The advancement of technology enables ever larger groups of libraries to participate in shared systems that manage their collections and enable access to their communities. Year-by-year hardware components become faster, smaller, with ever more computing power or storage capacities. Modern services-oriented architecture and clustering technologies enable the creation and global deployment of massive platforms able to serve millions of users. At least at the infrastructure level, computer applications that scale almost infinitely can be built. This characteristic of large-scale computing brings important implications into the realm of libraries. What is the right level of cooperation or consolidation relative to how libraries implement their automation systems? Does it benefit libraries to share systems at the largest possible scale, or do individual or modest-scale implementations hold advantages?
The model of an individual library deploying its own automation system falls at one end of a resource sharing spectrum. Such a system provides the library complete control and autonomy. It can configure and brand the system according to its own interests and preferences. Many libraries that have very large and complex collections appreciate the flexibility and control that comes with managing their own system. Some of the downsides of an independent automation system include higher costs and the increased need for technical personnel. From the perspective of library users, this approach emphasizes the resources owned directly by the library, though other mechanisms may be provided for discovering and requesting materials from other institutions.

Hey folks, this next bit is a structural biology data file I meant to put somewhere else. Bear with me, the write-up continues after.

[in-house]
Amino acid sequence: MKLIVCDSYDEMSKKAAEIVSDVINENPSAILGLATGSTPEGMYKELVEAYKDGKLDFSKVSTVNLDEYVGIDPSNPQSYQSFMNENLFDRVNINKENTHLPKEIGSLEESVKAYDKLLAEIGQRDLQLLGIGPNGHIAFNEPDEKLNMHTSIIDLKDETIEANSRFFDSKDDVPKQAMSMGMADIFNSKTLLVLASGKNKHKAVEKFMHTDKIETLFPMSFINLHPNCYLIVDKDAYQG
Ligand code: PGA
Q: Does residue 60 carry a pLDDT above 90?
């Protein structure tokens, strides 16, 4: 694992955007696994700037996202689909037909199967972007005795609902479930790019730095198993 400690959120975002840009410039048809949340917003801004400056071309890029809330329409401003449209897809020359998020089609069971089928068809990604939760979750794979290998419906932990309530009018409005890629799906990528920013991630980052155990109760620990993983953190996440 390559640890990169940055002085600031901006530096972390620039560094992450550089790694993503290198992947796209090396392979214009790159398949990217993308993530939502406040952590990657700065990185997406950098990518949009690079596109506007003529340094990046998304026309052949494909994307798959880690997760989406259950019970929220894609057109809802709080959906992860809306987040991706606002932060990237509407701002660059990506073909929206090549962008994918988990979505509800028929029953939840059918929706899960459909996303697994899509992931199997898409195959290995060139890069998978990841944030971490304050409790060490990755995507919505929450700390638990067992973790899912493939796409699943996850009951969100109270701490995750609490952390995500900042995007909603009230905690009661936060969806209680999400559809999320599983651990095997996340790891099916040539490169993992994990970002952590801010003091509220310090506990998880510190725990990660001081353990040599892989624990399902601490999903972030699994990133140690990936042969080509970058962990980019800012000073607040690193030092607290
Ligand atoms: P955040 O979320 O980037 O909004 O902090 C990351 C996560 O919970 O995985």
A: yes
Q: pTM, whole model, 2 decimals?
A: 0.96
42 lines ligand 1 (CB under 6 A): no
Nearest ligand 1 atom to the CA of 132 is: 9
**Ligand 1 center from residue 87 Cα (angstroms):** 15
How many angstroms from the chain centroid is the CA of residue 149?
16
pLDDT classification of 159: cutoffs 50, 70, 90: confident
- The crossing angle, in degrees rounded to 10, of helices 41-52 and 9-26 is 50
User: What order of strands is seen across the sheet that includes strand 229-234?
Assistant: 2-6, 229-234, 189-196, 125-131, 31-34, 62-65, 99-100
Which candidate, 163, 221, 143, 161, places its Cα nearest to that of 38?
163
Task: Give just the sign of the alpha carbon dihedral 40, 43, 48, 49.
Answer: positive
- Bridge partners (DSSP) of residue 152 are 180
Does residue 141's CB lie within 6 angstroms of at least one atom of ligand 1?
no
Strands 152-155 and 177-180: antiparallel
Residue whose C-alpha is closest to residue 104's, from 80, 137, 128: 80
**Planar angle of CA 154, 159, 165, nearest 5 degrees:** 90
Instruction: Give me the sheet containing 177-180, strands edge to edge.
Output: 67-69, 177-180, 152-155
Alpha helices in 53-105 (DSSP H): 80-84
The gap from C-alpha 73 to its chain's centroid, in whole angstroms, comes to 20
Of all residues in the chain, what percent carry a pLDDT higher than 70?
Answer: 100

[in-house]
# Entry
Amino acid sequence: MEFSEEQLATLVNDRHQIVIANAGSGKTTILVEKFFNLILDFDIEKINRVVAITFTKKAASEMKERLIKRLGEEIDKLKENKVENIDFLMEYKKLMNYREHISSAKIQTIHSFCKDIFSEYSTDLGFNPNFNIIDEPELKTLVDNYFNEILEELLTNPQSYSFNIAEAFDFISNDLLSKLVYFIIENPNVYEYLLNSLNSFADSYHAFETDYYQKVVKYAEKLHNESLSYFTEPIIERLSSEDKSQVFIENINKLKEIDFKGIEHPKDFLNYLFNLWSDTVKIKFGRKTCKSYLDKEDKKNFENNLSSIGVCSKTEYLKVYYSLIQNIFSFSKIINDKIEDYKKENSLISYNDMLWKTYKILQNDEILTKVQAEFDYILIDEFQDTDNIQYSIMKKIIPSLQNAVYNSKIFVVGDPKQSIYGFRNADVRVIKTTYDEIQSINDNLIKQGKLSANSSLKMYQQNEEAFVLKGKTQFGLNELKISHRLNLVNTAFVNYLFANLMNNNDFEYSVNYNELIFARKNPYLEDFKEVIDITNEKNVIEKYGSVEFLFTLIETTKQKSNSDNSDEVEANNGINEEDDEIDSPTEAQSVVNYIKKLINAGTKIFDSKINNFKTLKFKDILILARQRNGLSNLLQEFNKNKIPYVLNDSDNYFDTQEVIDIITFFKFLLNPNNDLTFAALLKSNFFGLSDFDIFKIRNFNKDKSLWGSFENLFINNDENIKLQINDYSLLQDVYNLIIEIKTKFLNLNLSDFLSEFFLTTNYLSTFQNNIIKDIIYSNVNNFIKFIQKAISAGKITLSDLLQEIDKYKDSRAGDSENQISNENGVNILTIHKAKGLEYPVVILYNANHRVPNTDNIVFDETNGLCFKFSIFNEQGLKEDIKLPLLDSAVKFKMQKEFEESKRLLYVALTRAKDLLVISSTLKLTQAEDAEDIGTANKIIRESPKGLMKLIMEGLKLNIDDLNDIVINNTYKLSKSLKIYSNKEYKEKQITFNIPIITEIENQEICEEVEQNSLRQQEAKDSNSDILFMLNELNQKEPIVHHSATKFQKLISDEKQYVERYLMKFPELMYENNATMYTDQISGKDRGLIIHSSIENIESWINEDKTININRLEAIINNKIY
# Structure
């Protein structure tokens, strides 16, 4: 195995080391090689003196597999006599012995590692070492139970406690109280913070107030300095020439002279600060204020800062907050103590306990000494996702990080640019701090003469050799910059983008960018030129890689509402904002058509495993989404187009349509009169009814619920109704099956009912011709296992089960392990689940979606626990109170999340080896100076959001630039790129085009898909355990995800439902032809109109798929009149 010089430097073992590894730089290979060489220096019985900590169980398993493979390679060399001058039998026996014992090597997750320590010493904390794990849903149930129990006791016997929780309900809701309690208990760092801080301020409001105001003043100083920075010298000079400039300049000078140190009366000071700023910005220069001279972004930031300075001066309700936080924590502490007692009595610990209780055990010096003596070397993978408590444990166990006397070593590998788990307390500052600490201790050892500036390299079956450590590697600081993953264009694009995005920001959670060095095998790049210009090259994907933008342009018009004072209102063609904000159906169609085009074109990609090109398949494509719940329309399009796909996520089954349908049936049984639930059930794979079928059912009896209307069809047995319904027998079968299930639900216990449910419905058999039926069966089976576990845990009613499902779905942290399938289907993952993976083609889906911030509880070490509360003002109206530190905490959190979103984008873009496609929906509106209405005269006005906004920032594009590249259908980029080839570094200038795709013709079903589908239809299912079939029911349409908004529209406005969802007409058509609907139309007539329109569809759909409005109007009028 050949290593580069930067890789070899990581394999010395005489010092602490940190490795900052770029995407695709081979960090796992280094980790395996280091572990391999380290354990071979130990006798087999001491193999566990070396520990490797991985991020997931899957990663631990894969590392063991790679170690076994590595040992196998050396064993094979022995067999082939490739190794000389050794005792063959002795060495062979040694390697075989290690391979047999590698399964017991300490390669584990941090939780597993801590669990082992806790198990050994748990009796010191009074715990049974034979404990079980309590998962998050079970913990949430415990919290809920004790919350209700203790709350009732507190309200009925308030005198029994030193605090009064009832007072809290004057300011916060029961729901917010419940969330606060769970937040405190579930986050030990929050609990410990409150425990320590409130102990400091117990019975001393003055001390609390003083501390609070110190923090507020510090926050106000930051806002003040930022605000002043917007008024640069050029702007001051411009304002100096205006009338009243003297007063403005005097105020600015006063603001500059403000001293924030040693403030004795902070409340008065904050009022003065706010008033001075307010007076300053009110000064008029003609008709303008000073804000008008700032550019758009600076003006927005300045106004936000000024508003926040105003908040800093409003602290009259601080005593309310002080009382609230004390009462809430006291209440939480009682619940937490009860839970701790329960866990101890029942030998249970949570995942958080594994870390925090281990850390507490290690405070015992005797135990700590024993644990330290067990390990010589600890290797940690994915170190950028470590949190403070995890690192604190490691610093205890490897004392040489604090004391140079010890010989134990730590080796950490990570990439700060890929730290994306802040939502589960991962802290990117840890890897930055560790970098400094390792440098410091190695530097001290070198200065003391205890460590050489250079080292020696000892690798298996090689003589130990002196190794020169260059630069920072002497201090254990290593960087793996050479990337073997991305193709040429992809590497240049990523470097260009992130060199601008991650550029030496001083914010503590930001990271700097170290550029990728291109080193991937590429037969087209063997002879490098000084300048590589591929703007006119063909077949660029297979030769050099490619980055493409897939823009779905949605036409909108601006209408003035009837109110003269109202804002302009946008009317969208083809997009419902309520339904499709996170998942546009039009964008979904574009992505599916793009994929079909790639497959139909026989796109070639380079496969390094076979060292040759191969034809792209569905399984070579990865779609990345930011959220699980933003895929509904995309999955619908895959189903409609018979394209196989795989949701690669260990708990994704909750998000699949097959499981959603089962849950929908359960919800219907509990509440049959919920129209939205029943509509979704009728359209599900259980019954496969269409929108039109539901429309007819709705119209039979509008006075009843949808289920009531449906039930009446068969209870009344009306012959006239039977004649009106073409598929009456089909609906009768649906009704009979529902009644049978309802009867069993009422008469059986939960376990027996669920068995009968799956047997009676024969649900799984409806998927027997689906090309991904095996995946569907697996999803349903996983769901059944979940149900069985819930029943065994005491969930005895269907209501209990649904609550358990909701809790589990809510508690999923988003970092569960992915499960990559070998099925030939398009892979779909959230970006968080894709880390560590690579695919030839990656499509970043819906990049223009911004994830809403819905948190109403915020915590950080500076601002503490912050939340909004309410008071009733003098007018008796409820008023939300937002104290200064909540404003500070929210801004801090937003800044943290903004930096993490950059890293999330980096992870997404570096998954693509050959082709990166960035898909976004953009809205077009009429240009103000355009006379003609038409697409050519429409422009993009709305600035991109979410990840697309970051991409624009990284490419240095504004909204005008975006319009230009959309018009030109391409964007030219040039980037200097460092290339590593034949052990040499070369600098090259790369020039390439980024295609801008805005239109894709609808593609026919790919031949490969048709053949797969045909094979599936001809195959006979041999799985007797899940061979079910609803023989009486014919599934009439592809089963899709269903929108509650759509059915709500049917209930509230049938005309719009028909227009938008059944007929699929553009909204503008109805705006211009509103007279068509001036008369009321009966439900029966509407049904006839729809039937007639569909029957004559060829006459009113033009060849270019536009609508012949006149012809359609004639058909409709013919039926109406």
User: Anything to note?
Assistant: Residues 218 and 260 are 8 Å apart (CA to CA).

Trade-offs Between Independent and Shared Systems
Most of the barriers to libraries cooperating to share automation infrastructure lie more in strategy, politics, and personalities than in technology. It is not a given that it is to the benefit of any given library to participate in a shared automation system. For many libraries, the control and functionality needed to meet its operational or strategic requirements may be best fulfilled through an independent, self-sufficient system. Value propositions vary. In some cases the benefits and cost savings weigh in favor of joining a shared system, while in other scenarios, the benefits of local control outweigh any cost savings or operational efficiencies.
Participation in a shared system requires confidence in its governance, operational stability, and many other factors. Libraries must be sure that a shared system will be managed and developed in a manner consistent with its needs and that each participant will have a voice in decision making. For a library to place its essential operations in the hands of an external organization requires an extremely high level of confidence in its integrity and responsiveness.